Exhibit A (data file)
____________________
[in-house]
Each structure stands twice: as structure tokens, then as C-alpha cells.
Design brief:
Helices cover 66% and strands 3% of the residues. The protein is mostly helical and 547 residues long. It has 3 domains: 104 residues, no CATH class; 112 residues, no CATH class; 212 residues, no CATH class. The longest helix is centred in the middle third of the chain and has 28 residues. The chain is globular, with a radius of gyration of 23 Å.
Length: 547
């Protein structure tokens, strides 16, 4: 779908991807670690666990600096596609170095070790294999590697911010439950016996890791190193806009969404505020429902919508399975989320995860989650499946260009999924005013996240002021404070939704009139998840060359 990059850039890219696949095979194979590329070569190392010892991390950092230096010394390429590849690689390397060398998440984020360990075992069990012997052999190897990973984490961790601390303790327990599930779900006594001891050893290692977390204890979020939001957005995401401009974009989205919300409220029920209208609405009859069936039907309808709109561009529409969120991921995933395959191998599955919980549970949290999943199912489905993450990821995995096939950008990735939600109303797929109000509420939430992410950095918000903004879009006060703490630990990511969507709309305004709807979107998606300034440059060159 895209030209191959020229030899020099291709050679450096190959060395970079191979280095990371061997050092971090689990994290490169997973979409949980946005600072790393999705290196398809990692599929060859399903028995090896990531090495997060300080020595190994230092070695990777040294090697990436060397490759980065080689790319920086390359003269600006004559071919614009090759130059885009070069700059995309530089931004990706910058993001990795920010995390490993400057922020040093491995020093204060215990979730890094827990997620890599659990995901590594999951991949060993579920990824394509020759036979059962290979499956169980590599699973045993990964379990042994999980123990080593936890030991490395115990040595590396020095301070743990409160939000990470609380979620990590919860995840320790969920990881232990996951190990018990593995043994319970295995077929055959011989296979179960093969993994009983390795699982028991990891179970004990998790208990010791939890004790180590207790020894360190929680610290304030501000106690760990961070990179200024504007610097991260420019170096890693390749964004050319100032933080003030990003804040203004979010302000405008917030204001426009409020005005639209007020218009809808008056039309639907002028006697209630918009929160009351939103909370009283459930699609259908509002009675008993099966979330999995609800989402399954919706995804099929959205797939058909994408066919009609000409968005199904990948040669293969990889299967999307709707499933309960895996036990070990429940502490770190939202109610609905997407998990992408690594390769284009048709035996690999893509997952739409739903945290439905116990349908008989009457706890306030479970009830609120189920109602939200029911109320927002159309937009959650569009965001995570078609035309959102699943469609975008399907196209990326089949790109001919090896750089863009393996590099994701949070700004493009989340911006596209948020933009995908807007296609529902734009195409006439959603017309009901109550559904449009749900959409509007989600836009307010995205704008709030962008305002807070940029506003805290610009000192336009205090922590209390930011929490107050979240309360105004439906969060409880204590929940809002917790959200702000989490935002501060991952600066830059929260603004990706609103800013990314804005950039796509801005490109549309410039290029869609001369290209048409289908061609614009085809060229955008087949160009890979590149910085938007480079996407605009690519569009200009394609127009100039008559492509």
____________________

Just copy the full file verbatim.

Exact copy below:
[in-house]
Each structure stands twice: as structure tokens, then as C-alpha cells.
Design brief:
Helices cover 66% and strands 3% of the residues. The protein is mostly helical and 547 residues long. It has 3 domains: 104 residues, no CATH class; 112 residues, no CATH class; 212 residues, no CATH class. The longest helix is centred in the middle third of the chain and has 28 residues. The chain is globular, with a radius of gyration of 23 Å.
Length: 547
């Protein structure tokens, strides 16, 4: 779908991807670690666990600096596609170095070790294999590697911010439950016996890791190193806009969404505020429902919508399975989320995860989650499946260009999924005013996240002021404070939704009139998840060359 990059850039890219696949095979194979590329070569190392010892991390950092230096010394390429590849690689390397060398998440984020360990075992069990012997052999190897990973984490961790601390303790327990599930779900006594001891050893290692977390204890979020939001957005995401401009974009989205919300409220029920209208609405009859069936039907309808709109561009529409969120991921995933395959191998599955919980549970949290999943199912489905993450990821995995096939950008990735939600109303797929109000509420939430992410950095918000903004879009006060703490630990990511969507709309305004709807979107998606300034440059060159 895209030209191959020229030899020099291709050679450096190959060395970079191979280095990371061997050092971090689990994290490169997973979409949980946005600072790393999705290196398809990692599929060859399903028995090896990531090495997060300080020595190994230092070695990777040294090697990436060397490759980065080689790319920086390359003269600006004559071919614009090759130059885009070069700059995309530089931004990706910058993001990795920010995390490993400057922020040093491995020093204060215990979730890094827990997620890599659990995901590594999951991949060993579920990824394509020759036979059962290979499956169980590599699973045993990964379990042994999980123990080593936890030991490395115990040595590396020095301070743990409160939000990470609380979620990590919860995840320790969920990881232990996951190990018990593995043994319970295995077929055959011989296979179960093969993994009983390795699982028991990891179970004990998790208990010791939890004790180590207790020894360190929680610290304030501000106690760990961070990179200024504007610097991260420019170096890693390749964004050319100032933080003030990003804040203004979010302000405008917030204001426009409020005005639209007020218009809808008056039309639907002028006697209630918009929160009351939103909370009283459930699609259908509002009675008993099966979330999995609800989402399954919706995804099929959205797939058909994408066919009609000409968005199904990948040669293969990889299967999307709707499933309960895996036990070990429940502490770190939202109610609905997407998990992408690594390769284009048709035996690999893509997952739409739903945290439905116990349908008989009457706890306030479970009830609120189920109602939200029911109320927002159309937009959650569009965001995570078609035309959102699943469609975008399907196209990326089949790109001919090896750089863009393996590099994701949070700004493009989340911006596209948020933009995908807007296609529902734009195409006439959603017309009901109550559904449009749900959409509007989600836009307010995205704008709030962008305002807070940029506003805290610009000192336009205090922590209390930011929490107050979240309360105004439906969060409880204590929940809002917790959200702000989490935002501060991952600066830059929260603004990706609103800013990314804005950039796509801005490109549309410039290029869609001369290209048409289908061609614009085809060229955008087949160009890979590149910085938007480079996407605009690519569009200009394609127009100039008559492509």